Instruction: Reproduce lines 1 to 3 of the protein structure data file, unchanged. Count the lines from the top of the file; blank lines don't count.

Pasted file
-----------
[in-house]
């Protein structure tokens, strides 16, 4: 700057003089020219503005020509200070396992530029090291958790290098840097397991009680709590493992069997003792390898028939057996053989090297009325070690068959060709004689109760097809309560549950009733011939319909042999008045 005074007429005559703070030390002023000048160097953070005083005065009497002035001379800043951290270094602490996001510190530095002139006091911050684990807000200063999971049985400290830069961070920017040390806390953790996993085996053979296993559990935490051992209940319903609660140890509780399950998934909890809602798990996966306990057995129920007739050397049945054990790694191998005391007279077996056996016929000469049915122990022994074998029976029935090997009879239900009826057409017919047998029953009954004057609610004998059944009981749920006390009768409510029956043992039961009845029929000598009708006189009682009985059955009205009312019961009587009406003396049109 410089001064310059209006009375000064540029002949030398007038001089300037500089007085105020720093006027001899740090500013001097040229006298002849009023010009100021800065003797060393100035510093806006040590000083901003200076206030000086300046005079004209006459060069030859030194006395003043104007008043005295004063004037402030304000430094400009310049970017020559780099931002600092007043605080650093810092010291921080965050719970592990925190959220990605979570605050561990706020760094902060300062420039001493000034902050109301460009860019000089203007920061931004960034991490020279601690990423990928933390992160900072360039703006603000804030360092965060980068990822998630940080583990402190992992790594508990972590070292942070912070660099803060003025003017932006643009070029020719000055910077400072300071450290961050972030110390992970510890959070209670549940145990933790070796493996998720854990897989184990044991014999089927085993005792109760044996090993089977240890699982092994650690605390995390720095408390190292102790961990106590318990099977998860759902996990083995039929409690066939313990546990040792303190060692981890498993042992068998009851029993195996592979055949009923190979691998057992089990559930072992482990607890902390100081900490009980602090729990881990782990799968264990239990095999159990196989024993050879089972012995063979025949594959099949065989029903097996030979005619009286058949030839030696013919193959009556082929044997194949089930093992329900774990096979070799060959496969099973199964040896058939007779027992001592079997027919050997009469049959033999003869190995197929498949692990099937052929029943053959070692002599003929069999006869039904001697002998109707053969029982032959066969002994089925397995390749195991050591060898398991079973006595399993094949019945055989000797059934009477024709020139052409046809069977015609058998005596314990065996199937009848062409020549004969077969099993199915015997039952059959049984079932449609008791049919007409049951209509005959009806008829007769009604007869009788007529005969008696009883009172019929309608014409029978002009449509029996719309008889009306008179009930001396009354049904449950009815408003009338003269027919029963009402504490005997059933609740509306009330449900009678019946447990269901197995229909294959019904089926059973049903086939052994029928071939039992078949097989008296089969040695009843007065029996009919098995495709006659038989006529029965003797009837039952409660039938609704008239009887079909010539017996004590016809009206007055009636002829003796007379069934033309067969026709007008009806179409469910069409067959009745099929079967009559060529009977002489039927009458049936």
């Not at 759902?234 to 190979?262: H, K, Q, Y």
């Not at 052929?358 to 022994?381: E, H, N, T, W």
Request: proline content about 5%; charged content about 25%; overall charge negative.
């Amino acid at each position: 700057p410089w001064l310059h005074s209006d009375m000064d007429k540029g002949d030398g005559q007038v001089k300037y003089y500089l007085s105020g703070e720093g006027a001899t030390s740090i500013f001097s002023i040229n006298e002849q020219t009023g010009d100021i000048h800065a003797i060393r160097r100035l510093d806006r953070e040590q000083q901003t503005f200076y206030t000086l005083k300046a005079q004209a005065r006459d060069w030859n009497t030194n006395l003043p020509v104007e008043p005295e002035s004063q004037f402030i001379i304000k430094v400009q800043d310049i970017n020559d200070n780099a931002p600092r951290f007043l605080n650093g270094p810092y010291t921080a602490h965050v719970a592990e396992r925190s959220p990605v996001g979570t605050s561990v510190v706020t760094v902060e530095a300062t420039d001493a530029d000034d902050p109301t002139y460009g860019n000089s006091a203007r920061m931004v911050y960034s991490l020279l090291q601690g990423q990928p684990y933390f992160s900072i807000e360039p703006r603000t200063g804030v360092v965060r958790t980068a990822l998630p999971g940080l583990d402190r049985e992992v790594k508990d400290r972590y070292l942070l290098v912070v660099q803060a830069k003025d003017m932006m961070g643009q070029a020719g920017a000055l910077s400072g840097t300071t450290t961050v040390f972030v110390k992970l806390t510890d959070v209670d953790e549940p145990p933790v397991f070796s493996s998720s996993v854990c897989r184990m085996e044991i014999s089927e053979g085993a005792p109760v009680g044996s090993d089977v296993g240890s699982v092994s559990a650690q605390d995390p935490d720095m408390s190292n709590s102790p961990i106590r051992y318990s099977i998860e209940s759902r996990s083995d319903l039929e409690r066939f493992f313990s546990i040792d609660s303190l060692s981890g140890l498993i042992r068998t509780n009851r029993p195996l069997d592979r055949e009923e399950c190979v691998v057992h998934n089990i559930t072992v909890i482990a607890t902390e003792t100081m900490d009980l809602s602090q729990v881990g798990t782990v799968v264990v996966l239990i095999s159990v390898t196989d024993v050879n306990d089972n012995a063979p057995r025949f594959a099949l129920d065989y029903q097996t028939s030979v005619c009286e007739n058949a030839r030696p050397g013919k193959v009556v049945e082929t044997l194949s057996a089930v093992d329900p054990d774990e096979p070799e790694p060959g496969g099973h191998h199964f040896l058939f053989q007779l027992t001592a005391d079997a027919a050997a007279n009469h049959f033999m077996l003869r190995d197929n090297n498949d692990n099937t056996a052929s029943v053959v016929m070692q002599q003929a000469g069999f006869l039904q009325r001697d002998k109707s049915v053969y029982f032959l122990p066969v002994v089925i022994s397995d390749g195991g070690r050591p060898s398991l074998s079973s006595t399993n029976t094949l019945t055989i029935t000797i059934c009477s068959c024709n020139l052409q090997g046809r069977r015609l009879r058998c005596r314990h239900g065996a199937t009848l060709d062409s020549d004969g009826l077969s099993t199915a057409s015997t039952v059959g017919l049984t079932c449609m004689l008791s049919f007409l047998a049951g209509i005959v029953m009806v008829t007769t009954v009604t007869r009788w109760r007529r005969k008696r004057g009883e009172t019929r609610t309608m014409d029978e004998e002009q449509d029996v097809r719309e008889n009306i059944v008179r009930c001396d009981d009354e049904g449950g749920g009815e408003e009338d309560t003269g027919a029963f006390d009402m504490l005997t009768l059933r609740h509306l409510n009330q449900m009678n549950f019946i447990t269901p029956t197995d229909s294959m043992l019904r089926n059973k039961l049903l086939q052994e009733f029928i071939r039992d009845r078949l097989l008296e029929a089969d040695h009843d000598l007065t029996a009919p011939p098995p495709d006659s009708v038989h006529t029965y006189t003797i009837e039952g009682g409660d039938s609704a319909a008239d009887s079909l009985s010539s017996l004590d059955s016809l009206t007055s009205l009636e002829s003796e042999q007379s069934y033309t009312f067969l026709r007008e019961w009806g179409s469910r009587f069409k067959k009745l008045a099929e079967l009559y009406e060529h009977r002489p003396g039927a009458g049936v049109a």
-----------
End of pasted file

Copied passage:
[in-house]
């Protein structure tokens, strides 16, 4: 700057003089020219503005020509200070396992530029090291958790290098840097397991009680709590493992069997003792390898028939057996053989090297009325070690068959060709004689109760097809309560549950009733011939319909042999008045 005074007429005559703070030390002023000048160097953070005083005065009497002035001379800043951290270094602490996001510190530095002139006091911050684990807000200063999971049985400290830069961070920017040390806390953790996993085996053979296993559990935490051992209940319903609660140890509780399950998934909890809602798990996966306990057995129920007739050397049945054990790694191998005391007279077996056996016929000469049915122990022994074998029976029935090997009879239900009826057409017919047998029953009954004057609610004998059944009981749920006390009768409510029956043992039961009845029929000598009708006189009682009985059955009205009312019961009587009406003396049109 410089001064310059209006009375000064540029002949030398007038001089300037500089007085105020720093006027001899740090500013001097040229006298002849009023010009100021800065003797060393100035510093806006040590000083901003200076206030000086300046005079004209006459060069030859030194006395003043104007008043005295004063004037402030304000430094400009310049970017020559780099931002600092007043605080650093810092010291921080965050719970592990925190959220990605979570605050561990706020760094902060300062420039001493000034902050109301460009860019000089203007920061931004960034991490020279601690990423990928933390992160900072360039703006603000804030360092965060980068990822998630940080583990402190992992790594508990972590070292942070912070660099803060003025003017932006643009070029020719000055910077400072300071450290961050972030110390992970510890959070209670549940145990933790070796493996998720854990897989184990044991014999089927085993005792109760044996090993089977240890699982092994650690605390995390720095408390190292102790961990106590318990099977998860759902996990083995039929409690066939313990546990040792303190060692981890498993042992068998009851029993195996592979055949009923190979691998057992089990559930072992482990607890902390100081900490009980602090729990881990782990799968264990239990095999159990196989024993050879089972012995063979025949594959099949065989029903097996030979005619009286058949030839030696013919193959009556082929044997194949089930093992329900774990096979070799060959496969099973199964040896058939007779027992001592079997027919050997009469049959033999003869190995197929498949692990099937052929029943053959070692002599003929069999006869039904001697002998109707053969029982032959066969002994089925397995390749195991050591060898398991079973006595399993094949019945055989000797059934009477024709020139052409046809069977015609058998005596314990065996199937009848062409020549004969077969099993199915015997039952059959049984079932449609008791049919007409049951209509005959009806008829007769009604007869009788007529005969008696009883009172019929309608014409029978002009449509029996719309008889009306008179009930001396009354049904449950009815408003009338003269027919029963009402504490005997059933609740509306009330449900009678019946447990269901197995229909294959019904089926059973049903086939052994029928071939039992078949097989008296089969040695009843007065029996009919098995495709006659038989006529029965003797009837039952409660039938609704008239009887079909010539017996004590016809009206007055009636002829003796007379069934033309067969026709007008009806179409469910069409067959009745099929079967009559060529009977002489039927009458049936």
């Not at 759902?234 to 190979?262: H, K, Q, Y």